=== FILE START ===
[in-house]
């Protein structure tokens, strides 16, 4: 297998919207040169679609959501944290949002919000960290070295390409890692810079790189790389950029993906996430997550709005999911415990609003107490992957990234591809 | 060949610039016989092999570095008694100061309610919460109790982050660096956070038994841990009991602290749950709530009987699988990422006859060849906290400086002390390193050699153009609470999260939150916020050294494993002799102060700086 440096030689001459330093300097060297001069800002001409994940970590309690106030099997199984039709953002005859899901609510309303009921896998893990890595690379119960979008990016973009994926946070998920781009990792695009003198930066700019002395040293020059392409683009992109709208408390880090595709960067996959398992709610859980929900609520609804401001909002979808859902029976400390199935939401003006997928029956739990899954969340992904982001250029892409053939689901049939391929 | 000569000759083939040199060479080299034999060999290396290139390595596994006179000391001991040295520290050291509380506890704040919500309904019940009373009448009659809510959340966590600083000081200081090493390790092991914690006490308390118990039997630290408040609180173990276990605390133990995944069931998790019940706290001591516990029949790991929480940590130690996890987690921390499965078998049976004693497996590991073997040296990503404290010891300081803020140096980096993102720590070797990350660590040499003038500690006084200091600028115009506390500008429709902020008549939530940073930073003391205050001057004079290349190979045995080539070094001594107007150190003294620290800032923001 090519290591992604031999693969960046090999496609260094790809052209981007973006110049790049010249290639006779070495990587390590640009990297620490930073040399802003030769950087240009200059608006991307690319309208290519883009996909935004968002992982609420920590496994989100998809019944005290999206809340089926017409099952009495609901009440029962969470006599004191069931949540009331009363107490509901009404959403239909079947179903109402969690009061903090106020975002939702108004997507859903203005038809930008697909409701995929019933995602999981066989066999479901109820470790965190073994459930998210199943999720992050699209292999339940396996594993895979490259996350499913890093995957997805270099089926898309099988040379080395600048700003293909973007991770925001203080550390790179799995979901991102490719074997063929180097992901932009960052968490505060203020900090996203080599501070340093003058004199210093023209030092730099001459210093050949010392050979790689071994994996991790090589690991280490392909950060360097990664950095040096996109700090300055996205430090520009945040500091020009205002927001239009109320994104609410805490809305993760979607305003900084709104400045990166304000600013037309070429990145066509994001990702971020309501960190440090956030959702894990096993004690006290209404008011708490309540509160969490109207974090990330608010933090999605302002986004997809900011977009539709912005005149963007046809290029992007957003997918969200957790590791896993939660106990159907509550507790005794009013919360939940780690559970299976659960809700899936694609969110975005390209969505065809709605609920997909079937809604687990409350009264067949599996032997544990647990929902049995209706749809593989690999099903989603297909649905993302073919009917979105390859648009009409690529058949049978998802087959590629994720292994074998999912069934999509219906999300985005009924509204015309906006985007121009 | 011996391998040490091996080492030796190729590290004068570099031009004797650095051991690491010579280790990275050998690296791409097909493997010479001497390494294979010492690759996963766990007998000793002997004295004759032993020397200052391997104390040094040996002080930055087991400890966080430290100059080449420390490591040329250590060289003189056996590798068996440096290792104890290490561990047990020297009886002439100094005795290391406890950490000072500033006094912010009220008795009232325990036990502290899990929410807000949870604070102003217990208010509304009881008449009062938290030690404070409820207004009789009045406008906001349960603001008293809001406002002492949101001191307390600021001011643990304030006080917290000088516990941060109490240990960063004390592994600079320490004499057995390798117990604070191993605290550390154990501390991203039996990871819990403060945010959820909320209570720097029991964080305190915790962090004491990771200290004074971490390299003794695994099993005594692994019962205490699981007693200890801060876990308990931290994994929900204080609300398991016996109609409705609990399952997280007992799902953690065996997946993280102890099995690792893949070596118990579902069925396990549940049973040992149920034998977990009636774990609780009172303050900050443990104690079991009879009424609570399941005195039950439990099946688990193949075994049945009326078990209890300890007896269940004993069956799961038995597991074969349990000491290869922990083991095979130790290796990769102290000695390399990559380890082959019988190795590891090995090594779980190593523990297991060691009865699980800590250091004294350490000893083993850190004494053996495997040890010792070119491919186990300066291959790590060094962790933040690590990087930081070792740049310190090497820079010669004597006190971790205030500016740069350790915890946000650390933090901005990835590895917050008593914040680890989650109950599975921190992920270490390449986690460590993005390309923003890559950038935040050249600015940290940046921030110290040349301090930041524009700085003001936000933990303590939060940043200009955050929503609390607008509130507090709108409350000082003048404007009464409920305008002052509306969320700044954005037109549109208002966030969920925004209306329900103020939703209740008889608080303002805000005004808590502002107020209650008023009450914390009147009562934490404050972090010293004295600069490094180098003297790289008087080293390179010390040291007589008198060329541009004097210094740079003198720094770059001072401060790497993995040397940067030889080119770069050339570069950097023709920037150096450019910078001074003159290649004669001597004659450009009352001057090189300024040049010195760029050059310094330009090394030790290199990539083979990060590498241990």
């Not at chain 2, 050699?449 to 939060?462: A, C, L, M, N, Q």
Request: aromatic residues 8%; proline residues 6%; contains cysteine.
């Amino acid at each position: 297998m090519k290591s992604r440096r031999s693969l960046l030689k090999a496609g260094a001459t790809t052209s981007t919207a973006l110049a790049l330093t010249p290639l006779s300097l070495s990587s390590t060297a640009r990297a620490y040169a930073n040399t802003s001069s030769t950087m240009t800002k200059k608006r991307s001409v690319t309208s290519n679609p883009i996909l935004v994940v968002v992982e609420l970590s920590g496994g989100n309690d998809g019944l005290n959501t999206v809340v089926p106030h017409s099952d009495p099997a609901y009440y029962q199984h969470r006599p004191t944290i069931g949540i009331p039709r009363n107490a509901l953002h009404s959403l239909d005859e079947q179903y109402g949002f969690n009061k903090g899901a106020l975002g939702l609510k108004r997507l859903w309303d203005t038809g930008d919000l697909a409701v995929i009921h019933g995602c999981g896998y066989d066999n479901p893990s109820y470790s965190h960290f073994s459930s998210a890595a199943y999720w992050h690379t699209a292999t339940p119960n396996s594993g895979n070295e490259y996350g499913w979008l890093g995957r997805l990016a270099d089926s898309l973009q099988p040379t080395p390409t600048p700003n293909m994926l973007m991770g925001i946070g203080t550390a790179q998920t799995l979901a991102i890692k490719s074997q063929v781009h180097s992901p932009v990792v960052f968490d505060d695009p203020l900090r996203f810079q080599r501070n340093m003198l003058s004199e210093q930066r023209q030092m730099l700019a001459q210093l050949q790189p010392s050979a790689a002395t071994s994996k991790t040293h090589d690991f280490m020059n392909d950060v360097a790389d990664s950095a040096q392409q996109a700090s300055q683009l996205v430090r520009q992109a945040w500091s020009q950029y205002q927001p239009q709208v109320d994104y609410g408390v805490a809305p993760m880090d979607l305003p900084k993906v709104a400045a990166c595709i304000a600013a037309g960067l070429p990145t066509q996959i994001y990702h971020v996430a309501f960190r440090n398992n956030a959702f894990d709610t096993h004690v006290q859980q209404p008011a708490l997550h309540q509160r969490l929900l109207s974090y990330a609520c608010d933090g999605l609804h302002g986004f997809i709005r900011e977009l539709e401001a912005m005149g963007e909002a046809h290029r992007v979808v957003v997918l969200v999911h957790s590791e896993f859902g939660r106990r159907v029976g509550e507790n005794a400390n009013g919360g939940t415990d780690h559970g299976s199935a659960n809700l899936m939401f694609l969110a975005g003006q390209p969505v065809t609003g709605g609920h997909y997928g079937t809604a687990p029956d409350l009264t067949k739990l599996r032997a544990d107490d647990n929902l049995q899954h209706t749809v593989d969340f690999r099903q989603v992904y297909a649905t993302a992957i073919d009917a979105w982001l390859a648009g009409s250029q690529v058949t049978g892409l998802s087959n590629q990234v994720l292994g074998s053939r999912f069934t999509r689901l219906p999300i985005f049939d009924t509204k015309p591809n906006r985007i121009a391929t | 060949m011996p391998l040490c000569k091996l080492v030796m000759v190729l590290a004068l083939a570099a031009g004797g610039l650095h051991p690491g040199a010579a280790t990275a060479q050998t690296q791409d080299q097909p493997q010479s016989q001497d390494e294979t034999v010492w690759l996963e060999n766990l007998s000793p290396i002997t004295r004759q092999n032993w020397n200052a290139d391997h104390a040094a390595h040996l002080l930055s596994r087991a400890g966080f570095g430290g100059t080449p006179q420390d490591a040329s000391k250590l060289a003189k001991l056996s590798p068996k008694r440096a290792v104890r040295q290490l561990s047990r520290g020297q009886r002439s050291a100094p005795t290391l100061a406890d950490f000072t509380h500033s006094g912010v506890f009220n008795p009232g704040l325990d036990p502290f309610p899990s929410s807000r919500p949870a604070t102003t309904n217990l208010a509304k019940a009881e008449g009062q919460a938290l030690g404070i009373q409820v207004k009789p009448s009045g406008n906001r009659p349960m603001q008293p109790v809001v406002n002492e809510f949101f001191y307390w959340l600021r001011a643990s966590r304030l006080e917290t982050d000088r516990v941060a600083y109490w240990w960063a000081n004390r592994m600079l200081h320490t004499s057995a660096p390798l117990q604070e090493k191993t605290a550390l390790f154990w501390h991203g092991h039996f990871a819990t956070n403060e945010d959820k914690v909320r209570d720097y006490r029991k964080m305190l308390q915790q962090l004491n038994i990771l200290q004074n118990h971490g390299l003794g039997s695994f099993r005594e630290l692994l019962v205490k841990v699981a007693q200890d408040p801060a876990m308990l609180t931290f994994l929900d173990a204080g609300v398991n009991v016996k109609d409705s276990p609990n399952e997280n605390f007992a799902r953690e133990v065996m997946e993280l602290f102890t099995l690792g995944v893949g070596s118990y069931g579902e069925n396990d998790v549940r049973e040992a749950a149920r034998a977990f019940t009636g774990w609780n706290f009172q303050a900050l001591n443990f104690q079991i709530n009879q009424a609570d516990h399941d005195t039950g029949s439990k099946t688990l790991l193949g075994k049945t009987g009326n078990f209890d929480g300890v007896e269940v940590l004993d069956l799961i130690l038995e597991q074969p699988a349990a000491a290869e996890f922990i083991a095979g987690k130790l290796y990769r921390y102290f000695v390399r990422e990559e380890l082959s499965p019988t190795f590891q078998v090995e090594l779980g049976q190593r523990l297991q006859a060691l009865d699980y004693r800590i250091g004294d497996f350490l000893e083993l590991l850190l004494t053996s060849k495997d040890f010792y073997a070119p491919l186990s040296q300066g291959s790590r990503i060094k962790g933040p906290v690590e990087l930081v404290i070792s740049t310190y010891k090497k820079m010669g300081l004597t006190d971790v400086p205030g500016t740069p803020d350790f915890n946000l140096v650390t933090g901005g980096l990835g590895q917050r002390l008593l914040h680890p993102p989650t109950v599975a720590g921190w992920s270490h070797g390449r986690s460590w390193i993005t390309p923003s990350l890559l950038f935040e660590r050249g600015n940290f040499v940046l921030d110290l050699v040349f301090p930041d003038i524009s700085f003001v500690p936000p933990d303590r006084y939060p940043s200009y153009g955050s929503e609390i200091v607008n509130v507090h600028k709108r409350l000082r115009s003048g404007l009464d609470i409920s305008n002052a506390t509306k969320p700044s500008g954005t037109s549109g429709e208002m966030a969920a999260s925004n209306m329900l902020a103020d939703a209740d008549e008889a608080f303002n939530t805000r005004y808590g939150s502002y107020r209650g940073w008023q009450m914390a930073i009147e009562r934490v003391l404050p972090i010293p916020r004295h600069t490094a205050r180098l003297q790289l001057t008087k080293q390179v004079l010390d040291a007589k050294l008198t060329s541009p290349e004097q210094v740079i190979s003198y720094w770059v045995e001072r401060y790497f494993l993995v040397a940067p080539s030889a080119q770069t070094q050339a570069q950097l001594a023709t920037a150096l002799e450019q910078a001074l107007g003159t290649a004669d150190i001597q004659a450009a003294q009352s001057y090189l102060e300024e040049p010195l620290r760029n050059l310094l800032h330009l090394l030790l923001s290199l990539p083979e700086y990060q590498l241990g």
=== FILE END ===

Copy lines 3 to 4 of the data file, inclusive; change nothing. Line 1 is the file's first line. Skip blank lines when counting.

């Not at chain 2, 050699?449 to 939060?462: A, C, L, M, N, Q």
Request: aromatic residues 8%; proline residues 6%; contains cysteine.